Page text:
What Would You Do on Captain Flint’s Ship?

Your Decision-Making Style will determine a lot about the success of your decisions. 

Are you able to make the tough calls when you need to?


In an episode of Black Sails, a compelling saga about the Golden Age of Piracy in the early 1700s (S3/E3), the feared Captain Flint was piloting a pirate ship that was becalmed following a vicious storm. The sea was still.

Rations and water were alarmingly limited, and while the men’s rations had already been cut, an even deeper cut was required so the remaining rations and water would last for the additional week expected before the currents would bring them to landfall.

While the captain’s advisors objected and feared the effects of another reduction for all of the men, Captain Flint had a different idea.

What did he do?

What Was Captain Flint’s Decision?

Flint knew that unless the men who were essential to sailing the ship were strong enough to do so, no one would survive.

He decided to feed the men critical to moving the ship when the wind appeared … and reducing to light water only the remaining men who weren’t essential to the ship’s survival.

That’t the kind of difficult and torturous decision that leaders are often required to make.

Why don’t we do what we know we should do?

That’s the eternal conundrum, isn’t it?

Why don’t we do what we know we must do?

Libraries are brimming with wit and wisdom to get us to do it — and there’s a bottomless pit of experts, gurus and charlatans filling the self-help sections in bookstores to help us find salvation and explode into extraordinary success.

So, with all of this help available … why does this same issue keep showing up like destructive blood cells traversing our circulatory system?

What are these tough decisions?

They’re the ones where your gut knows the right answer but you resist because you know it will bring a lot of blowback.

Maybe it’s the termination of a long-time employee or the closing of a facility, but it’s a decision that won’t go quietly into the night.

If delaying these tough decisions resulted in better outcomes, all the better — but the fascinating dynamic of this decision process is that delay or hesitation rarely changes the outcome; it only postpones it.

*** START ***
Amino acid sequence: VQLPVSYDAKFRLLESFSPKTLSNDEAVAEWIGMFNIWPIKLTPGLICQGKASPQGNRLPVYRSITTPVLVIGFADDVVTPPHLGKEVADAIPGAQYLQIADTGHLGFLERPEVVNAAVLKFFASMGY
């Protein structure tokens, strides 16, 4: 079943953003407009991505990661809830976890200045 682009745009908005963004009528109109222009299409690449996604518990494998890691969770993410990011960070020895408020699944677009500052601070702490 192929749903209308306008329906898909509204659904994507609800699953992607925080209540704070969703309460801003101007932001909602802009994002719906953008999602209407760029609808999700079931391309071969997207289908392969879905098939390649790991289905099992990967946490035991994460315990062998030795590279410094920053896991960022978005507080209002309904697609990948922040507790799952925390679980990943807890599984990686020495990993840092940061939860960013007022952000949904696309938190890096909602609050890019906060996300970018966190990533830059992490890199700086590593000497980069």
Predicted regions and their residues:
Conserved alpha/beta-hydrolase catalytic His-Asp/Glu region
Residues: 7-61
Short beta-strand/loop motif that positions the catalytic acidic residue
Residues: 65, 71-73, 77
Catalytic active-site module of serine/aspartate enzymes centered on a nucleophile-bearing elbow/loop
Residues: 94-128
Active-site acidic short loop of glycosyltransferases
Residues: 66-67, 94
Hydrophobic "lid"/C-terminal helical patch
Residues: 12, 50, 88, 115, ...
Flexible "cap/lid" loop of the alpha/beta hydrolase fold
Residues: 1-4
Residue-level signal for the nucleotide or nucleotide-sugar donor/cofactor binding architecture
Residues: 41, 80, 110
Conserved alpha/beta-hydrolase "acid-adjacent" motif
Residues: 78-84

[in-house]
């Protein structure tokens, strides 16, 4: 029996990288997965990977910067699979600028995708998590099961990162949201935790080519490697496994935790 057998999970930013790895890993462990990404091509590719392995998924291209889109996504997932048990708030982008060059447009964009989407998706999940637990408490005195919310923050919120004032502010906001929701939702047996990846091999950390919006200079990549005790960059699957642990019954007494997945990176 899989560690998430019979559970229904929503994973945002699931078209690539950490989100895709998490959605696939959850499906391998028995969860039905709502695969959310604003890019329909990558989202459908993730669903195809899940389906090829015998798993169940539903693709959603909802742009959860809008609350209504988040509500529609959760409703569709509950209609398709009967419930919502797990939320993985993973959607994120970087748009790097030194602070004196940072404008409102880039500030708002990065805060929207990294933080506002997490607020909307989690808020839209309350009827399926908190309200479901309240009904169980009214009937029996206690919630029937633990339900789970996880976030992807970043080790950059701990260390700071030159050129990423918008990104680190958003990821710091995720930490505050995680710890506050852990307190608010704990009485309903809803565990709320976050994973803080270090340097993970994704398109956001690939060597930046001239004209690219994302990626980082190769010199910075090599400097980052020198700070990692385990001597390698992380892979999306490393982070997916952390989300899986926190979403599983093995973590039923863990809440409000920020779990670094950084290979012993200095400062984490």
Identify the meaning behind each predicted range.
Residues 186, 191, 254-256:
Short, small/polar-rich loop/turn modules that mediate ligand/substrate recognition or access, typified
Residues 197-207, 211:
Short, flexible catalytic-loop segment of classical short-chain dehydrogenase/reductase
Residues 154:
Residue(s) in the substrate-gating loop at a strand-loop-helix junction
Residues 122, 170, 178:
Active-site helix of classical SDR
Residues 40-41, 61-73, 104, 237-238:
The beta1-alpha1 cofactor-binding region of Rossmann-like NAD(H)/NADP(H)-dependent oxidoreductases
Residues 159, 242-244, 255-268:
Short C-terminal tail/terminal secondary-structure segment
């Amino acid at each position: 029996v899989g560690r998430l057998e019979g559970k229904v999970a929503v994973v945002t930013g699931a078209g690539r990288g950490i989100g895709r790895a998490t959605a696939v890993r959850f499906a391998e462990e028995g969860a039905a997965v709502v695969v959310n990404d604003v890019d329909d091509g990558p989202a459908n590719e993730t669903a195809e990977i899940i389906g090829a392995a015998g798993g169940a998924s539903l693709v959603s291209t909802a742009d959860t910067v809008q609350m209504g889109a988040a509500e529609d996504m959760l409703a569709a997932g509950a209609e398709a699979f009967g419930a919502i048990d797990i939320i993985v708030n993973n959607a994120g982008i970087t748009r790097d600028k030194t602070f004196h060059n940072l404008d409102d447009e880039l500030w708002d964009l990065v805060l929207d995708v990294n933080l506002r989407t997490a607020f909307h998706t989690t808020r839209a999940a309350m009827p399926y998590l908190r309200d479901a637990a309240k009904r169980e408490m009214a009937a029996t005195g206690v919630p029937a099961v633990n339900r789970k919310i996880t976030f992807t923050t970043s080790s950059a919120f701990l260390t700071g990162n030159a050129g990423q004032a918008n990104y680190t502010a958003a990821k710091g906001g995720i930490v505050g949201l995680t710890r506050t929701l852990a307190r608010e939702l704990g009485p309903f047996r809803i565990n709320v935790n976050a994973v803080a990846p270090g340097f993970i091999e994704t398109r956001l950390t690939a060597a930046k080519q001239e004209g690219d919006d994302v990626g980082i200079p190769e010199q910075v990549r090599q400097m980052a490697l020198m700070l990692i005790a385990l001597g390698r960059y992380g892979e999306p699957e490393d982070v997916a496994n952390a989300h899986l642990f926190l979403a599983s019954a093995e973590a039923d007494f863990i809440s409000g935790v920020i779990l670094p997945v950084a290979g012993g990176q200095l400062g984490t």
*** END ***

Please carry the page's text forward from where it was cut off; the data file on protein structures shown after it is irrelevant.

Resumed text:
Delaying the Tough Decision = Delaying the Right Decision

Since the tough decision you don’t make is usually the right decision, it continues to nag at you until you eventually pull the ripcord when you’re convinced for the 15th time that it is the right decision.

In the interim, however, you’ve actually created even more turmoil because you, and everyone around you, have had to deal with the ramifications of the wrong decision over these many months.

How painful is that?


When you feel that stirring in your gut, when you feel the bile begin to start crawling up your esophagus, that’s a pretty reliable sign something’s amiss.

Likewise, when you realize that you’re mired in the world of “paralysis by analysis,” endlessly seeking some fact pattern that will support your unpopular decision, you can be pretty sure you’re postponing the inevitable.

When you stare into the mirror and see “wishful thinking” etched into its foggy surface, you’re there.


When you know you’re right, whether in your gut or with every fact you can muster, pull the trigger.

Do what you know is right. Do it quickly, don’t look back and move on to the next problem.

There will always be unwelcome fallout, but that happens just as often when a decision is unanimous.

Question: What’s keeping you from making the tough decisions? Why not join the conversation and share your thoughts and comments? You can add your message easily by clicking the link to our Facebook Page or @Exkalibur on Twitter. I visit them every day and look forward to discussing these ideas and concepts with you.

Leave a Reply